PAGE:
This spring has seen the eagerly awaited opening or renovation of a number of wonderful museums and galleries and, with them, a fantastic excuse for you to incorporate visits to some (or all!) of them in your upcoming travel programme. We’ve chosen just three highlights to whet your appetite - Amsterdam’s wonderful Rijksmuseum, Munich’s Lenbachhaus Museum & the Mary Rose Museum in Portsmouth...
Amsterdam’s Rijksmuseum - it has been a 10 year wait, but the restoration of the great Rijksmuseum is finally complete. Home to some of the most famous works of Dutch art, the great highlights are the works from the Golden Age of Dutch art from around 1620 to 1680 including Vermeer’s ‘The Milkmaid’ and Rembrandt’s epic portrait ‘The Night Watch’. First opened in 1885, the collection spans more than 8,000 paintings and objets d’art housed in more than 100 rooms and galleries that have been meticulously restored and controversially expanded, with its new basement galleries now installed below the water table. For those who like to plan ahead, from 12 February 2015 to 17 May 2015, the Rijksmuseum will be presenting a retrospective of Rembrandt’s later work for the very first time. In collaboration with The National Gallery in London (where the exhibition will run from October 2014 to January 2015), the exhibition ‘Rembrandt: The Final Years’ presents a comprehensive overview of the master’s work from around 1652 to his death in 1669. See our suggested Group Tour to Holland & the Dutch Masters
Mary Rose Museum - the brand new Mary Rose Museum has just opened in Portsmouth Historic Dockyard, a few yards from the stern of Nelson’s Victory. The Museum’s interior evolved from the frozen moment in time seconds before Henry VIII's flagship sank on a fine summer day on 19 July 1545 as she sailed into action against the French fleet. The excavation and raising of the Mary Rose uncovered and lifted an extraordinary collection of Tudor maritime life. When she capsized onto her starboard side, she along with tens of thousands of objects quickly settled beneath layers of protecting silts in the Solent. This provided a time capsule of the ship, her fittings, weaponry and armament, and all the possessions of her 500 crew and soldiers from the Admiral to the common sailor. Visitors to the Museum walk in between the conserved starboard section of the hull and the virtual hull constructed to represent the missing port side with all the guns on their original gun carriages, cannonballs, gun furniture, stores, chests, rope and rigging. The end galleries then interpret the context gallery deck by deck in more conventional museum display cases. See our suggested Group Tour to Winchester, the Isle of Wight and the Mary Rose museum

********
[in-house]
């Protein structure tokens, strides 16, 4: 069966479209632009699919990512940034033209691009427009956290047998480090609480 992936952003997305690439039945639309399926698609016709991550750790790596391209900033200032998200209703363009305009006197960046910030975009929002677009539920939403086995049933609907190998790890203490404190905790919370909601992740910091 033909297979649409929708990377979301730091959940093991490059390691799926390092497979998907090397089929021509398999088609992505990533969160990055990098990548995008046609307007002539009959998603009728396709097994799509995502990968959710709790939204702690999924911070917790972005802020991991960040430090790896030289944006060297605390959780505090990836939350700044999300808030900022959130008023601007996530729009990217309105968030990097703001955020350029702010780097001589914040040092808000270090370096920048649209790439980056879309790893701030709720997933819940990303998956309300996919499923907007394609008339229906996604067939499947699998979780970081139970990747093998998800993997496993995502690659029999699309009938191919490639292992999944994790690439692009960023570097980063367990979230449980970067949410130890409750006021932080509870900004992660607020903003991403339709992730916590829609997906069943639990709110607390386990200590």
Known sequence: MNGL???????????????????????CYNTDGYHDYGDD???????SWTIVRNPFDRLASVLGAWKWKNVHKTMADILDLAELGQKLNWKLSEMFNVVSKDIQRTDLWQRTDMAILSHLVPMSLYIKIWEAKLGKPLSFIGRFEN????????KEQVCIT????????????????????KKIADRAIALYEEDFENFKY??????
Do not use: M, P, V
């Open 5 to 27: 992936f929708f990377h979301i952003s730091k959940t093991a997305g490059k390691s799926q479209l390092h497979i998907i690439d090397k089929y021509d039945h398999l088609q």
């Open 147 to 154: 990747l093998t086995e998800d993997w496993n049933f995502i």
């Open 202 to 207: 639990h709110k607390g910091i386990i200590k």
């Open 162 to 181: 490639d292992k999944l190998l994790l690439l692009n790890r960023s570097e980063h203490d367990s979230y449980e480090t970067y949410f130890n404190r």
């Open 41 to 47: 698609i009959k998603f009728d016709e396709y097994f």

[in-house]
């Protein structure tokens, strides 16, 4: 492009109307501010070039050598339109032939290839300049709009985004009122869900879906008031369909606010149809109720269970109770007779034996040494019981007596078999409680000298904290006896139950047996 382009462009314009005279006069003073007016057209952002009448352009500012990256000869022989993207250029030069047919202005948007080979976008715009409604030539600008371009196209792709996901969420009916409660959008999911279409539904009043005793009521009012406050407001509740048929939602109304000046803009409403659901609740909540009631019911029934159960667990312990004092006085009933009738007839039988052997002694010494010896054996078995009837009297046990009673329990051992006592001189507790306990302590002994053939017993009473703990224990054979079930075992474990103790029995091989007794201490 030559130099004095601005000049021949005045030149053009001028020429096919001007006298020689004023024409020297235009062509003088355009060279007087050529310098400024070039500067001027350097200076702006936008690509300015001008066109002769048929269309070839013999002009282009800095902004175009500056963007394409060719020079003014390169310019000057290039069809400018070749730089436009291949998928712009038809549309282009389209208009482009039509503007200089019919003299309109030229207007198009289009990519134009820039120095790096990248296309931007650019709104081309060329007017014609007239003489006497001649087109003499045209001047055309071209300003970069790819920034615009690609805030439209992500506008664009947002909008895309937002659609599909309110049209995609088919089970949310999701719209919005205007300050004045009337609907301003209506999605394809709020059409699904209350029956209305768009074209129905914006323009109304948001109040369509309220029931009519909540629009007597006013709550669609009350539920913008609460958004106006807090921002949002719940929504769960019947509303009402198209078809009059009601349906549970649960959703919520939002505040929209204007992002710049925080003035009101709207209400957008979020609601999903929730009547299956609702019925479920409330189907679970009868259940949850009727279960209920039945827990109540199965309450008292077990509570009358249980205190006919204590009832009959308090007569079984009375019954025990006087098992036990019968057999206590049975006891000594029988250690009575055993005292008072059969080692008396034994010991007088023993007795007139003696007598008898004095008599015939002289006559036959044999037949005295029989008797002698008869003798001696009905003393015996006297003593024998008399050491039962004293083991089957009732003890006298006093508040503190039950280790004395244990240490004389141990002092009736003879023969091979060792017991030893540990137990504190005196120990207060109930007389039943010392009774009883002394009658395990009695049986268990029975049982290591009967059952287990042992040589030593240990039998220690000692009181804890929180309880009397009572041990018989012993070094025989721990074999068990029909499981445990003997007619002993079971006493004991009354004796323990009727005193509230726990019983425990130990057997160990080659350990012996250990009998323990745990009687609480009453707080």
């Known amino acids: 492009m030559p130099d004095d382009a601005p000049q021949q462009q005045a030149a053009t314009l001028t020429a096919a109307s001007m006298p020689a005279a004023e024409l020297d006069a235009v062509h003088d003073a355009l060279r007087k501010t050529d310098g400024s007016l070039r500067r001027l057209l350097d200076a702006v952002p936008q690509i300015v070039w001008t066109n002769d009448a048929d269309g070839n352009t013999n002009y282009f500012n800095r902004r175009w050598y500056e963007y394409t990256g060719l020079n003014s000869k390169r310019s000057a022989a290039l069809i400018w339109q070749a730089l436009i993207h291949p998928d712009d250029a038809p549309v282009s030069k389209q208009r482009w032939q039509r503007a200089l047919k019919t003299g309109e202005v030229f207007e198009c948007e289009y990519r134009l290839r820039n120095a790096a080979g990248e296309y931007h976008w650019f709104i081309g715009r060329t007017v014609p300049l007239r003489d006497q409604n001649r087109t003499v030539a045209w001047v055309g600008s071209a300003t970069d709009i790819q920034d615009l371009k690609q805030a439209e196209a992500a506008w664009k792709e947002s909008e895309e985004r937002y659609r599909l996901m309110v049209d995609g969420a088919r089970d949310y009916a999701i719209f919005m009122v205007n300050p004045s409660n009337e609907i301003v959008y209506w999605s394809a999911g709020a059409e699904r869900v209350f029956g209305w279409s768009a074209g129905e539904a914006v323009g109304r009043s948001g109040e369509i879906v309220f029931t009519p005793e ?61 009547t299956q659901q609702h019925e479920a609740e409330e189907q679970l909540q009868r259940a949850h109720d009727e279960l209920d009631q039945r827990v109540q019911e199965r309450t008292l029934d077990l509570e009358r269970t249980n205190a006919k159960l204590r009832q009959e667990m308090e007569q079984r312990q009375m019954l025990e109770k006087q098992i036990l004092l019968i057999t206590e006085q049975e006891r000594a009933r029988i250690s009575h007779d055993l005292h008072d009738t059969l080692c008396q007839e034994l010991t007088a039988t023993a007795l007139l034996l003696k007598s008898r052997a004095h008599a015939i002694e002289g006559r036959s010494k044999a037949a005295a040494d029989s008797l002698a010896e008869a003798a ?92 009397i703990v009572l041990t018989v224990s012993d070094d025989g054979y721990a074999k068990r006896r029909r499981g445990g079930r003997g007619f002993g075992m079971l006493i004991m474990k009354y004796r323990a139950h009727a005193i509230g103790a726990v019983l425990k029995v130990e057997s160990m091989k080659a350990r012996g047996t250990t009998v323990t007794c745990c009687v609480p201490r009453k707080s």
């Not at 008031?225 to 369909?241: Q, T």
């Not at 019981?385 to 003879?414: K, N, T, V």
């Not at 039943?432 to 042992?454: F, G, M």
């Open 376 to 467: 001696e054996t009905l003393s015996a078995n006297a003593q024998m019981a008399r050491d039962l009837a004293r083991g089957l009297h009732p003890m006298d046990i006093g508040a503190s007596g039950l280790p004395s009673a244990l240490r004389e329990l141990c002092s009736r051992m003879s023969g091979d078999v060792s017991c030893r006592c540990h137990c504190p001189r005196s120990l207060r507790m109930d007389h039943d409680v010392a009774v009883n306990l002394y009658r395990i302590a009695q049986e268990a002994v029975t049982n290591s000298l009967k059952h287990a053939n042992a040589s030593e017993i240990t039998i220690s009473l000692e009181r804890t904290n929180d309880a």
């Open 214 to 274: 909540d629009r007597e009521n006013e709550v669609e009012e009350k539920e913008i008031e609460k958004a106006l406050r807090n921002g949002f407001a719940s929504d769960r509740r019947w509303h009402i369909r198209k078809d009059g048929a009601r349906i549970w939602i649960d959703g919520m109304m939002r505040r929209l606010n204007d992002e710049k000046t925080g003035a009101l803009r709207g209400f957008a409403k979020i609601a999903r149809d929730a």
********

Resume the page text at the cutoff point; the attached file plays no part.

Munich’s Lenbachhaus Museum - Munich’s standing as one of Germany’s major cultural centres has been consolidated with the completion a four year renovation of the city’s Lenbachhaus Museum overseen by Lord Norman Foster. As part of the renovation project, its original buildings dating from 1891 have been restored and a new wing has been added. The newest space is composed of a series of small galleries which display the ‘Blue Rider’ collection of early twentieth century Expressionist paintings, with the more intimate rooms intended to replicate the domestic scale of their original setting as a studio and villa for the artist Franz von Lenbach. The focal point of the new building is its top lit atrium, which houses Wirbelwerk, a specially commissioned artwork by Olafur Eliasson. See our suggested Group Tour to The Palaces & Art of Munich